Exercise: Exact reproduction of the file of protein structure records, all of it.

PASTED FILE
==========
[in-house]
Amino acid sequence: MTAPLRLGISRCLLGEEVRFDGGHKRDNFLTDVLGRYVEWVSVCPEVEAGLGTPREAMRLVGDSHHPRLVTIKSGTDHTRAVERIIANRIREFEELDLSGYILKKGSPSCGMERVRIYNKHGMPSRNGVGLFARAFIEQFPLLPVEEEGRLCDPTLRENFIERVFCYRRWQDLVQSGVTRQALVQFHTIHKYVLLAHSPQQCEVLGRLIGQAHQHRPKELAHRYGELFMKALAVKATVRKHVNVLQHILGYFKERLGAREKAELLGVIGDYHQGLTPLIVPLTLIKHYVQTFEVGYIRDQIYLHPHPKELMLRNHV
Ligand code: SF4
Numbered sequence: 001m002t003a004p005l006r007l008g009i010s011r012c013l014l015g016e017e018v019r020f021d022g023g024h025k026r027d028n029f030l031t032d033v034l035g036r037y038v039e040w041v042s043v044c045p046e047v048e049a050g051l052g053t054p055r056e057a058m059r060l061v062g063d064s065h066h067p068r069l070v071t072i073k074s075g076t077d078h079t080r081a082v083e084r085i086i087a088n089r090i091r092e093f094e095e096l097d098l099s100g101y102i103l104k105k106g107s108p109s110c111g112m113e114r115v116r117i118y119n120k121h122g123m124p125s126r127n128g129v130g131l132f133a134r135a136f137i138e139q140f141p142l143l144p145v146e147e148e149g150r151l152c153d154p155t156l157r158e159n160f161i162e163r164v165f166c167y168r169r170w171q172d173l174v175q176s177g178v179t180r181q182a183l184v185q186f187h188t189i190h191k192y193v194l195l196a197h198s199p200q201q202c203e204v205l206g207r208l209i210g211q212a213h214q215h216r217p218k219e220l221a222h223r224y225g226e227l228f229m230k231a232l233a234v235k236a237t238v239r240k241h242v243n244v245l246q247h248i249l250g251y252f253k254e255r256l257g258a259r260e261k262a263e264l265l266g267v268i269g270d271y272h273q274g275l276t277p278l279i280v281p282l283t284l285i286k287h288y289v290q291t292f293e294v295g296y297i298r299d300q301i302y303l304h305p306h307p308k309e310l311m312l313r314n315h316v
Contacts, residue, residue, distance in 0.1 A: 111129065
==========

[in-house]
Amino acid sequence: MTAPLRLGISRCLLGEEVRFDGGHKRDNFLTDVLGRYVEWVSVCPEVEAGLGTPREAMRLVGDSHHPRLVTIKSGTDHTRAVERIIANRIREFEELDLSGYILKKGSPSCGMERVRIYNKHGMPSRNGVGLFARAFIEQFPLLPVEEEGRLCDPTLRENFIERVFCYRRWQDLVQSGVTRQALVQFHTIHKYVLLAHSPQQCEVLGRLIGQAHQHRPKELAHRYGELFMKALAVKATVRKHVNVLQHILGYFKERLGAREKAELLGVIGDYHQGLTPLIVPLTLIKHYVQTFEVGYIRDQIYLHPHPKELMLRNHV
Ligand code: SF4
Numbered sequence: 001m002t003a004p005l006r007l008g009i010s011r012c013l014l015g016e017e018v019r020f021d022g023g024h025k026r027d028n029f030l031t032d033v034l035g036r037y038v039e040w041v042s043v044c045p046e047v048e049a050g051l052g053t054p055r056e057a058m059r060l061v062g063d064s065h066h067p068r069l070v071t072i073k074s075g076t077d078h079t080r081a082v083e084r085i086i087a088n089r090i091r092e093f094e095e096l097d098l099s100g101y102i103l104k105k106g107s108p109s110c111g112m113e114r115v116r117i118y119n120k121h122g123m124p125s126r127n128g129v130g131l132f133a134r135a136f137i138e139q140f141p142l143l144p145v146e147e148e149g150r151l152c153d154p155t156l157r158e159n160f161i162e163r164v165f166c167y168r169r170w171q172d173l174v175q176s177g178v179t180r181q182a183l184v185q186f187h188t189i190h191k192y193v194l195l196a197h198s199p200q201q202c203e204v205l206g207r208l209i210g211q212a213h214q215h216r217p218k219e220l221a222h223r224y225g226e227l228f229m230k231a232l233a234v235k236a237t238v239r240k241h242v243n244v245l246q247h248i249l250g251y252f253k254e255r256l257g258a259r260e261k262a263e264l265l266g267v268i269g270d271y272h273q274g275l276t277p278l279i280v281p282l283t284l285i286k287h288y289v290q291t292f293e294v295g296y297i298r299d300q301i302y303l304h305p306h307p308k309e310l311m312l313r314n315h316v
Contacts, residue, residue, distance in 0.1 A: 111129065